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Plans for 2 'Entities' to Separate Palestinians and Israelis Gain Currency


JERUSALEM — Ehud Barak campaigned for his job as prime minister of Israel promising to separate Israelis from Palestinians. High fences make good neighbors--that was how he put it.

More than a year later, plans to separate the two "entities" have suddenly gained urgency amid a spasm of deadly unrest that has left 109 people dead and caused many here to give up on achieving a comprehensive peace settlement to end decades of Israeli-Palestinian conflict.

More and more Israelis are becoming convinced that separation is the only alternative. Many Palestinians agree but do not want borders imposed by Israel. On Thursday, in the first concrete step toward this goal, Israeli Deputy Defense Minister Ephraim Sneh presented a detailed separation plan to Barak.

Though the proposal was not made public, Sneh said it calls for drawing formal borders between Israel and Palestinian territories, erecting barriers such as fences and establishing crossing points. An entire laundry list of other matters would have to be resolved, including economic ties between the two entities, electricity grids, water supplies and security arrangements.

"The idea is to shape a reality where there are two entities living separately side by side," Sneh said in an interview. He emphasized that this is only a fallback if a peace agreement cannot be achieved.

Palestinian officials, who intend to declare their own independent state in the West Bank and Gaza Strip, attacked the Israeli proposal as an attempt to isolate Palestinian towns and lands.

"They are trying to cut Palestinians off into Indian reservations," said Yasser Abed-Rabbo, a spokesman for Palestinian Authority President Yasser Arafat.

The debate on separation is intensifying even as Israelis and Palestinians on Thursday continued to monitor each other's compliance with a still-flawed cease-fire that Barak and Arafat accepted Tuesday in Egypt. The deadline for full observance of the truce is midday today.

Putting up walls between Israel's 6 million citizens and the 2.5 million Palestinians who live in the West Bank and Gaza Strip is, of course, virtually impossible. The economies of the two peoples are almost completely intertwined. The holy city of Jerusalem is claimed by both, and efforts thus far to divvy it up are what threw peace negotiations into disarray.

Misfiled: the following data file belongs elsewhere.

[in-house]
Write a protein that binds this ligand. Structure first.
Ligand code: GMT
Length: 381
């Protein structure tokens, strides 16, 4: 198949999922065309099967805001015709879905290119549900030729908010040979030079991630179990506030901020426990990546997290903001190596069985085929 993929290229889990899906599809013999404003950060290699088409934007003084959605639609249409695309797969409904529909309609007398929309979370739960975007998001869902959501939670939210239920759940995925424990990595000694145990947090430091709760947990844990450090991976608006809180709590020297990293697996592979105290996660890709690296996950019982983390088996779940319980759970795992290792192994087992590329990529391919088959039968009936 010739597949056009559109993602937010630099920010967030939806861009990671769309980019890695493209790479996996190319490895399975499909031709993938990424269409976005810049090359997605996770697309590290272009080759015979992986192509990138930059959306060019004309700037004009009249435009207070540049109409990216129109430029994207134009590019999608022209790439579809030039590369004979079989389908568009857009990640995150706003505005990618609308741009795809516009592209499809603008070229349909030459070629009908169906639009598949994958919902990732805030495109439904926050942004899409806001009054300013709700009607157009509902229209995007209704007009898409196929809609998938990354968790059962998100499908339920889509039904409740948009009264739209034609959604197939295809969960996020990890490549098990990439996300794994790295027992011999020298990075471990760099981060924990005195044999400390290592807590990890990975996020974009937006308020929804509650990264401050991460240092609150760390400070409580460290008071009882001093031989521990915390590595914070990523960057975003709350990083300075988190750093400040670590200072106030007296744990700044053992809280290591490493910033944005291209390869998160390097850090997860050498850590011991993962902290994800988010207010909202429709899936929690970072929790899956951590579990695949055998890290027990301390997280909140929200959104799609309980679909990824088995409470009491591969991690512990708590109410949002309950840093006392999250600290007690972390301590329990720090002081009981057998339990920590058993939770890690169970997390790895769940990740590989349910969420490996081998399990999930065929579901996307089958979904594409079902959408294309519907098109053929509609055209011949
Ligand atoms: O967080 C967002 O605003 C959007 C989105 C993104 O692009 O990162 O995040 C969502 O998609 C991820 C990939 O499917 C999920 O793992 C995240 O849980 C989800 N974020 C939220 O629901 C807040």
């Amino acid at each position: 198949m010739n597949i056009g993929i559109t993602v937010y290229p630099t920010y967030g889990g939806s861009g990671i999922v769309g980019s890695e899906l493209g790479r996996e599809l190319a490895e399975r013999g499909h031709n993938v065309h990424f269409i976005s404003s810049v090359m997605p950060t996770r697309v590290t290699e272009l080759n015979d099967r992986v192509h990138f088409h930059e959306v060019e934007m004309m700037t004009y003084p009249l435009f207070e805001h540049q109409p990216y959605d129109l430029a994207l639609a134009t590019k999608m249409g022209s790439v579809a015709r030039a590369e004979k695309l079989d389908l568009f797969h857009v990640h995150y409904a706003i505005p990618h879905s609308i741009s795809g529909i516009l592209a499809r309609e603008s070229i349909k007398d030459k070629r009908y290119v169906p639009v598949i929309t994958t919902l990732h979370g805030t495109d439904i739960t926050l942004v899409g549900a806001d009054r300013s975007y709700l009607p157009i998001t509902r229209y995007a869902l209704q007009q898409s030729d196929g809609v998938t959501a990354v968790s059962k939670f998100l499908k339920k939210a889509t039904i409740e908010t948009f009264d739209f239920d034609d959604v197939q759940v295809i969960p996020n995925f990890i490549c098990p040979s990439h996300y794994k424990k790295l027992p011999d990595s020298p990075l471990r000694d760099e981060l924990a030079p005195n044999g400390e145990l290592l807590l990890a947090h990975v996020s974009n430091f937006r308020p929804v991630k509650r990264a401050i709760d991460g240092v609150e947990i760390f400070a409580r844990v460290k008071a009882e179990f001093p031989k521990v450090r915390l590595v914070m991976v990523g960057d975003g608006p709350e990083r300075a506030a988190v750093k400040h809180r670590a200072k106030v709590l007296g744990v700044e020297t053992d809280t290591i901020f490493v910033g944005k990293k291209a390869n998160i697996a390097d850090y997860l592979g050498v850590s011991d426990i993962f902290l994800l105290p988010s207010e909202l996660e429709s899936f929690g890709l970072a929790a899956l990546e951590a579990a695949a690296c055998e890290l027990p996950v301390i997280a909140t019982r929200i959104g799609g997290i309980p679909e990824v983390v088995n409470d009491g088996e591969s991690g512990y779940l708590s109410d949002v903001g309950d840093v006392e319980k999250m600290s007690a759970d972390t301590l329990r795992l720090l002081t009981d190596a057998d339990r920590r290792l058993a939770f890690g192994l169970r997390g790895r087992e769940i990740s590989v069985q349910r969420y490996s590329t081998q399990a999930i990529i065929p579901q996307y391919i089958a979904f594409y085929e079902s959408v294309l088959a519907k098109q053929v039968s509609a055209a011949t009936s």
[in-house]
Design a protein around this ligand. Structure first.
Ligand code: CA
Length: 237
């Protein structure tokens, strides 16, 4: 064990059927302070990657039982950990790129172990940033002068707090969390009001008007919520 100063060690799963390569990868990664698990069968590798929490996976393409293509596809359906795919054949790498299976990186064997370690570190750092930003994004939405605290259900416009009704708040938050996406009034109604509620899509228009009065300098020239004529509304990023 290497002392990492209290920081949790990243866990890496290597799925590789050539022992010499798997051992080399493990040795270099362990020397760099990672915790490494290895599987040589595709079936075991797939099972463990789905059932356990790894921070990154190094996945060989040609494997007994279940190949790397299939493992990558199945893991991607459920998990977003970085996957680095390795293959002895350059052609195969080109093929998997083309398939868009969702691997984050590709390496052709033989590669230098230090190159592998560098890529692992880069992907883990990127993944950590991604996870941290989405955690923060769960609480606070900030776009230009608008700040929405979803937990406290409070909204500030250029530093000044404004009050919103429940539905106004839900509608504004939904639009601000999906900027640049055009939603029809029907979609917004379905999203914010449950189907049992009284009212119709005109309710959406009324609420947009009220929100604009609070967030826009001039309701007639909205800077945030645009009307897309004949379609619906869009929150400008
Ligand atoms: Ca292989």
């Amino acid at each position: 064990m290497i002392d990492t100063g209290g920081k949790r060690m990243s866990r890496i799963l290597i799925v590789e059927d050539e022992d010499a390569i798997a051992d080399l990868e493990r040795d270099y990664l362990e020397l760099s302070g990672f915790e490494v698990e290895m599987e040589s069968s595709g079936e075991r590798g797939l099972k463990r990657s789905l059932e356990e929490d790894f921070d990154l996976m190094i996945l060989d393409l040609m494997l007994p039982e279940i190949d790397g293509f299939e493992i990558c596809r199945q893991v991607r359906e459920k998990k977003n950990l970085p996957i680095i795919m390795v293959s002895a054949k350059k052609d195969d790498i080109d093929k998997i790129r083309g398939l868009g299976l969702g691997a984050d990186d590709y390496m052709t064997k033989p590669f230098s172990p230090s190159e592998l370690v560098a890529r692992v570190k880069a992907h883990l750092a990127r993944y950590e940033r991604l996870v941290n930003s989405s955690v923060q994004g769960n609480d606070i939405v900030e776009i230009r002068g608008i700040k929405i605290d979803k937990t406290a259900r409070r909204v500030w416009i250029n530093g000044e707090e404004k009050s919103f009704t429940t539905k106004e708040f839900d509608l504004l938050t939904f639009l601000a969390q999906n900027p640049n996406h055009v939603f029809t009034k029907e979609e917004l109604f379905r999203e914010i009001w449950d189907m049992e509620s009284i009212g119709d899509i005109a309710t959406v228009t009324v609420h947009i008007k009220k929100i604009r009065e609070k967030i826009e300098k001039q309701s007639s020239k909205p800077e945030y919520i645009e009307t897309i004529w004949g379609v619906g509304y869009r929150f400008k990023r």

As outlined by Sneh, none of the 144 Jewish settlements in the West Bank and Gaza would be dismantled. Previously, Barak has indicated that he was willing to vacate the most isolated and hard-to-defend settlements, and it seems highly unlikely that a separation can work with all of the settlements intact.

It also was unclear where borders would be drawn. Presumably, the Israeli army would pull back from some of its positions to smooth out the lines and give the Palestinian entity more territorial integrity.

But with the upheaval of the last three weeks, doing so now would look like capitulation in some eyes, not unlike Israel's hasty withdrawal from southern Lebanon in May under pressure from the militant Islamic Hezbollah movement.

Some analysts suggest that Barak is floating the unilateral separation plan as a threat to Arafat and that the Israeli leader still hopes to avoid putting it into effect.

"At first we have to decide we want to make a [unilateral] separation," Sneh said. "Then, it's costly and complicated."

Israel is not alone in contemplating unilateral actions. Arafat has repeatedly threatened to declare Palestine into existence, with or without a broader peace agreement. Some Israeli officials believe that what they describe as Arafat's recent encouragement of violence is a precursor to making just such a declaration.

One purpose of separation is to reduce the points of friction between Israelis and Palestinians. Checkpoints and narrow passages through rival territory serve as staging grounds for clashes.

But separation without a wider peace agreement would probably exacerbate, not reduce, friction, according to Gadi Zohar, Israel's former administrator of the West Bank and Gaza.

"You need an agreement," Zohar said. "Otherwise, Israel can say it will separate unilaterally from the Palestinians, and it can be done. But we would be doomed for a long time to clashes."

If Israel unilaterally imposes a separation, it will be an admission that a broader peace agreement is not possible and will underscore the failure of the process that was launched by the landmark 1993 Oslo accords. The basic tenet of the Oslo process was the gradual exchange of land for peace during a period of years that would be used to build up trust between the two sides.

The recent killings and recriminations seem to have destroyed Israeli-Palestinian relations that had grown cordial over time, and to have left it highly unlikely that talks can resume soon. Under the agreement worked out Monday and Tuesday in Sharm el Sheik, Egypt, U.S. officials will determine over the next two weeks whether there is a basis for renewed talks.

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